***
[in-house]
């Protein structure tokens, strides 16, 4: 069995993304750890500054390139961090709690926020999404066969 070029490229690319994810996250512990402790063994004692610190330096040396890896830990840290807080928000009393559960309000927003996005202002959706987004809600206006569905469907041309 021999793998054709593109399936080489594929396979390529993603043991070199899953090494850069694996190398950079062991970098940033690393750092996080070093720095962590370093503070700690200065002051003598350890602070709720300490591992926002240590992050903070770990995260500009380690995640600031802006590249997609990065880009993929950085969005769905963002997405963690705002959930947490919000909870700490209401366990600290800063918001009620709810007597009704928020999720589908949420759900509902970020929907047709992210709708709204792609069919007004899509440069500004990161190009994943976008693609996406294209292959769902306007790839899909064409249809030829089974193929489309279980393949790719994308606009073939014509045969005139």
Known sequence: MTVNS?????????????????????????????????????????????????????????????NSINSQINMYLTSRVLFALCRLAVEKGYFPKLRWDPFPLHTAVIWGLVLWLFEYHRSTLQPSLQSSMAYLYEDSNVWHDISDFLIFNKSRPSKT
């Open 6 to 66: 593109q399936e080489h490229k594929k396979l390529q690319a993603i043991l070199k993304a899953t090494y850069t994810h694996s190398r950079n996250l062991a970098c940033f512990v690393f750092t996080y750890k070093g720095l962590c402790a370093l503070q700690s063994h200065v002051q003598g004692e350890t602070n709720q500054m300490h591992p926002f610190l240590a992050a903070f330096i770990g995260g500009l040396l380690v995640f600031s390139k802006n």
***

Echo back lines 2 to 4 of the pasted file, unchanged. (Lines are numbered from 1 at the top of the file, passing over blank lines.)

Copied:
């Protein structure tokens, strides 16, 4: 069995993304750890500054390139961090709690926020999404066969 070029490229690319994810996250512990402790063994004692610190330096040396890896830990840290807080928000009393559960309000927003996005202002959706987004809600206006569905469907041309 021999793998054709593109399936080489594929396979390529993603043991070199899953090494850069694996190398950079062991970098940033690393750092996080070093720095962590370093503070700690200065002051003598350890602070709720300490591992926002240590992050903070770990995260500009380690995640600031802006590249997609990065880009993929950085969005769905963002997405963690705002959930947490919000909870700490209401366990600290800063918001009620709810007597009704928020999720589908949420759900509902970020929907047709992210709708709204792609069919007004899509440069500004990161190009994943976008693609996406294209292959769902306007790839899909064409249809030829089974193929489309279980393949790719994308606009073939014509045969005139």
Known sequence: MTVNS?????????????????????????????????????????????????????????????NSINSQINMYLTSRVLFALCRLAVEKGYFPKLRWDPFPLHTAVIWGLVLWLFEYHRSTLQPSLQSSMAYLYEDSNVWHDISDFLIFNKSRPSKT
């Open 6 to 66: 593109q399936e080489h490229k594929k396979l390529q690319a993603i043991l070199k993304a899953t090494y850069t994810h694996s190398r950079n996250l062991a970098c940033f512990v690393f750092t996080y750890k070093g720095l962590c402790a370093l503070q700690s063994h200065v002051q003598g004692e350890t602070n709720q500054m300490h591992p926002f610190l240590a992050a903070f330096i770990g995260g500009l040396l380690v995640f600031s390139k802006n």